# 11.2: Cross-Sections and Nets

**At Grade**Created by: CK-12

**Practice**Cross-Sections and Nets

What if you wanted to expand your thinking of geometric shapes beyond the flat two-dimensional ones to three dimensional (3D) ones? In this chapter we are going to expand to 3D. Copy the equilateral triangle to the right onto a piece of paper and cut it out. Fold on the dotted lines. What shape do these four equilateral triangles make? If we place two of these equilateral triangles next to each other (like in the far right) what shape do these 8 equilateral triangles make? After completing this Concept, you'll be able to answer questions like these.

### Watch This

CK-12 Foundation: Chapter11CrossSectionsandNetsA

### Guidance

While our world is three dimensional, we are used to modeling and thinking about three dimensional objects on paper (in two dimensions). There are a few common ways to help think about three dimensions in two dimensions. One way to “view” a three-dimensional figure in a two-dimensional plane, like this text, is to use cross-sections. A **cross-section** is the intersection of a plane with a solid. Another way to represent a three-dimensional figure in a two dimensional plane is to use a net. A **net** is an unfolded, flat representation of the sides of a three-dimensional shape.

#### Example A

What kind of figure does this net create?

The net creates a rectangular prism.

#### Example B

Draw a net of the right triangular prism below.

This net will have two triangles and three rectangles. The rectangles are all different sizes and the two triangles are congruent.

Notice that there could be a couple different interpretations of this, or any, net. For example, this net could have the triangles anywhere along the top or bottom of the three rectangles. Most prisms have multiple nets.

#### Example C

Describe the cross section formed by the intersection of the plane and the solid.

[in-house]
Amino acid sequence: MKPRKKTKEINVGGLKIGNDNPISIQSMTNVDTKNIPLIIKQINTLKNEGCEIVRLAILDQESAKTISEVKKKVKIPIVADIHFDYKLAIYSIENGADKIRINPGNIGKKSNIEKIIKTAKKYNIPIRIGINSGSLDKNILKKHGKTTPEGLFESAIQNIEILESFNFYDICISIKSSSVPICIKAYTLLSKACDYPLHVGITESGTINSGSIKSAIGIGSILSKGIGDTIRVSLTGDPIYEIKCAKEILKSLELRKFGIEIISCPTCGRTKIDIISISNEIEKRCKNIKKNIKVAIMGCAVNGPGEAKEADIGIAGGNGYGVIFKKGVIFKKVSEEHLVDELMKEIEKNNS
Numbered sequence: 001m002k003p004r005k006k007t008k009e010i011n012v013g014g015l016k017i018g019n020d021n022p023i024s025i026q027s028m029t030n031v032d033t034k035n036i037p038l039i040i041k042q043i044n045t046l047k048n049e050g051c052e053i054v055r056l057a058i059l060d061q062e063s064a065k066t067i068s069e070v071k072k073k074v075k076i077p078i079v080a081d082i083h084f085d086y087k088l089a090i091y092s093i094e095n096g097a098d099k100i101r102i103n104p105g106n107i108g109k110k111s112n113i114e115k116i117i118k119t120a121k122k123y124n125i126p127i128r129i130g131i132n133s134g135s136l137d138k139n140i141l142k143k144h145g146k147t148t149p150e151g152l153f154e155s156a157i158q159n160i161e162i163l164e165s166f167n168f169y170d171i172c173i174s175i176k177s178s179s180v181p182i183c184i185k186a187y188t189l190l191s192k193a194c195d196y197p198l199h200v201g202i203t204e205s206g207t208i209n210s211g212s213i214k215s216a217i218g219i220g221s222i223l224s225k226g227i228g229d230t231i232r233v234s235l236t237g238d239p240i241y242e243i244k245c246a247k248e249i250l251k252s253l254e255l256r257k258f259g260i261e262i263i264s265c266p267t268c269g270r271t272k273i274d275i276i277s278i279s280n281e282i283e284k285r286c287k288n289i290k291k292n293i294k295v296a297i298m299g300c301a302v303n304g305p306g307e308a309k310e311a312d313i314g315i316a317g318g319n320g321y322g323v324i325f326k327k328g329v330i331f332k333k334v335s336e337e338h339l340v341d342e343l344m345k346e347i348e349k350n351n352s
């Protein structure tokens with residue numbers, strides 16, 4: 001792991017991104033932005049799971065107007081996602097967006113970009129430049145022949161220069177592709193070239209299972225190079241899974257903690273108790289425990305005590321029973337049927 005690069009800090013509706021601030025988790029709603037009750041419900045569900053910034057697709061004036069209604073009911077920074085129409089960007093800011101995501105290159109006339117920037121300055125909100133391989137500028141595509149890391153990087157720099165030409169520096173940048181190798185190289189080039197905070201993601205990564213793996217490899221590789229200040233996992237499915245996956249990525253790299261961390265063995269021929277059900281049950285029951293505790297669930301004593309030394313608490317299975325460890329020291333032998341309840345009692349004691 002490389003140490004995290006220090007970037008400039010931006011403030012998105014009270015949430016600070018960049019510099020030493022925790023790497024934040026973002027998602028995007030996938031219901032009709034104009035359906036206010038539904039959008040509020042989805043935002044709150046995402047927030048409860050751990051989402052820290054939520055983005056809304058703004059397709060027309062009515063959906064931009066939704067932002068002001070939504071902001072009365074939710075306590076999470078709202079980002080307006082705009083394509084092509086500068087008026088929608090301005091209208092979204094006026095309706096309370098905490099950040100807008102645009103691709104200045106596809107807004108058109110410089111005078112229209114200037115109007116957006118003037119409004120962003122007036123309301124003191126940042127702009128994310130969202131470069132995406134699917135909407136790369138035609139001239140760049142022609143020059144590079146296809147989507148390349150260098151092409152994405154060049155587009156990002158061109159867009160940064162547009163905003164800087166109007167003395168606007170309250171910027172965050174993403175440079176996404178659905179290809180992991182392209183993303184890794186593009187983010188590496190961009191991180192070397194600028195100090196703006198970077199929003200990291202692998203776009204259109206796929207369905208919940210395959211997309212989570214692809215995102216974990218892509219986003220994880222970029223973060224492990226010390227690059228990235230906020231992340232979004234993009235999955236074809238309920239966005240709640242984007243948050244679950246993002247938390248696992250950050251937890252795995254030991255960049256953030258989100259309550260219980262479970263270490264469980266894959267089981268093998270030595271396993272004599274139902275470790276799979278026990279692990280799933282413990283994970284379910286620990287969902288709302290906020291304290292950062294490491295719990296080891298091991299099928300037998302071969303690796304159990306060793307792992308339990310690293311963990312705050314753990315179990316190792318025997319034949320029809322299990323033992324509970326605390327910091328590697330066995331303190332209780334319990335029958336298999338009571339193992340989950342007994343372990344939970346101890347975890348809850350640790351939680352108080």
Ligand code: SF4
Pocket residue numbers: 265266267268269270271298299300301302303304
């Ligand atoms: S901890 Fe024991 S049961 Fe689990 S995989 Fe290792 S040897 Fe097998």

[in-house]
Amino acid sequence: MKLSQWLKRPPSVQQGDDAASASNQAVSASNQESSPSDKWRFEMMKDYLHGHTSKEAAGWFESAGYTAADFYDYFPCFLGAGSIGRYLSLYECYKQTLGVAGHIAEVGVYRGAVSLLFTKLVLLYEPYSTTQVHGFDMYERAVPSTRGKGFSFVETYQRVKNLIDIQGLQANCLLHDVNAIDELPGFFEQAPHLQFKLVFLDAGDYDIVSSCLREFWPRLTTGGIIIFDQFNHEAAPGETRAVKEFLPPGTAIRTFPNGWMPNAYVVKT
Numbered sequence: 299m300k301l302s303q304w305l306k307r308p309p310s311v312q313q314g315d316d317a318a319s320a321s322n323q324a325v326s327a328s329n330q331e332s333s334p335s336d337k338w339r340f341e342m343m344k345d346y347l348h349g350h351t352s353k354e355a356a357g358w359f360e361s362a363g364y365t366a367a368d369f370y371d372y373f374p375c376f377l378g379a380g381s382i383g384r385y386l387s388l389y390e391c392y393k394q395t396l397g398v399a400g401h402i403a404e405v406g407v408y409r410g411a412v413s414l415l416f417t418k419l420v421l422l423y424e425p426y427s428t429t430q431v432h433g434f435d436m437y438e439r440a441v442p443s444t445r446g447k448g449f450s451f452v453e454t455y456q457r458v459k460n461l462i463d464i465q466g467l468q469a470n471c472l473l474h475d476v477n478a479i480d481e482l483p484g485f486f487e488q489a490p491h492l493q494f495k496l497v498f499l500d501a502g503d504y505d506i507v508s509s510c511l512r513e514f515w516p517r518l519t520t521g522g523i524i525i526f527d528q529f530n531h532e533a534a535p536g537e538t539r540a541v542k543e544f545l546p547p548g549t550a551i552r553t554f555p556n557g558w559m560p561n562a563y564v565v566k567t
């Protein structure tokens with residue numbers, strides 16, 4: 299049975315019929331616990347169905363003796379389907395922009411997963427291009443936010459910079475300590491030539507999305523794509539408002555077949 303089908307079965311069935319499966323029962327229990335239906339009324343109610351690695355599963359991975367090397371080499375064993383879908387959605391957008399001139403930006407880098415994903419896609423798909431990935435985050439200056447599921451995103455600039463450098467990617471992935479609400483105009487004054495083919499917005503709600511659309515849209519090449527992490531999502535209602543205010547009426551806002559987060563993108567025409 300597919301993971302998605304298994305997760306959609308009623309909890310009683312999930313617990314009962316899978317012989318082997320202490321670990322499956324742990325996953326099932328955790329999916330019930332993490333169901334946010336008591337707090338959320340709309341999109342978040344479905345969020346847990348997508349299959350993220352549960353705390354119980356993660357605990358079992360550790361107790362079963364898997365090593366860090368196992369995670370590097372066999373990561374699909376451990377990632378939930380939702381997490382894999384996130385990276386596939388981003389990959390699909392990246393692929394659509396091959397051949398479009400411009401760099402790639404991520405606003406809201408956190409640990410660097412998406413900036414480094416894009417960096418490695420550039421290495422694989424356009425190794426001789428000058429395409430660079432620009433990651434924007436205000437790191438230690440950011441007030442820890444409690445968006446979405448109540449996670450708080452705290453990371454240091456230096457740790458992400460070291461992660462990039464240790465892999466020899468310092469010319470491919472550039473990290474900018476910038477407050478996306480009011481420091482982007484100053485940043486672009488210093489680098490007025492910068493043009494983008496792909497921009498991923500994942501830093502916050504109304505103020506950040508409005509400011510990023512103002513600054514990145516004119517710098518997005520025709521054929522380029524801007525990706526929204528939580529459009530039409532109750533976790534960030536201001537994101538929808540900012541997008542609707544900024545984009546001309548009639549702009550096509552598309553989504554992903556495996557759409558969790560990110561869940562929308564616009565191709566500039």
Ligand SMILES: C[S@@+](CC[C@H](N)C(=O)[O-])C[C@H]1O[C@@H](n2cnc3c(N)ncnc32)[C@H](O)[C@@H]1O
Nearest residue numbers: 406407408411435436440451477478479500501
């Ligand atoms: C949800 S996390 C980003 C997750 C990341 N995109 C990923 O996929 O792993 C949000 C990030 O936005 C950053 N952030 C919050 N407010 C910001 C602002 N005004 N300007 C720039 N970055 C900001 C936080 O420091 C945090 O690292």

The cross-section is a circle.

Watch this video for help with the Examples above.

CK-12 Foundation: Chapter1CrossSectionsandNetsB

#### Concept Problem Revisited

The net of the first shape is a regular tetrahedron and the second is the net of a regular octahedron.

### Vocabulary

A ** cross-section** is the intersection of a plane with a solid. A

**is an unfolded, flat representation of the sides of a three-dimensional shape.**

*net*### Guided Practice

Describe the shape formed by the intersection of the plane and the regular octahedron.

1.

2.

3.

**Answers:**

1. Square

2. Rhombus

3. Hexagon

### Practice

Describe the cross section formed by the intersection of the plane and the solid.

Draw the net for the following solids.

Determine what shape is formed by the following nets.

- A cube has 11 unique nets. Draw 5 different nets of a cube.
- Use construction tools to construct a large equilateral triangle. Construct the three midsegments of the triangle. Cut out the equilateral triangle and fold along the midsegments. What net have you constructed?
- Describe a method to construct a net for a regular octahedron.
- Can you tell what a polyhedron looks like from looking at one cross section?

### Notes/Highlights Having trouble? Report an issue.

Color | Highlighted Text | Notes | |
---|---|---|---|

Show More |

Term | Definition |
---|---|

cross section |
A cross section is the intersection of a three-dimensional solid with a plane. |

Polyhedron |
A polyhedron is a solid with no curves surfaces or edges. All faces are polygons and all edges are line segments. |

Volume |
Volume is the amount of space inside the bounds of a three-dimensional object. |

### Image Attributions

Here you'll learn how to view three-dimensional figures in a two-dimensional plane using cross-sections and nets.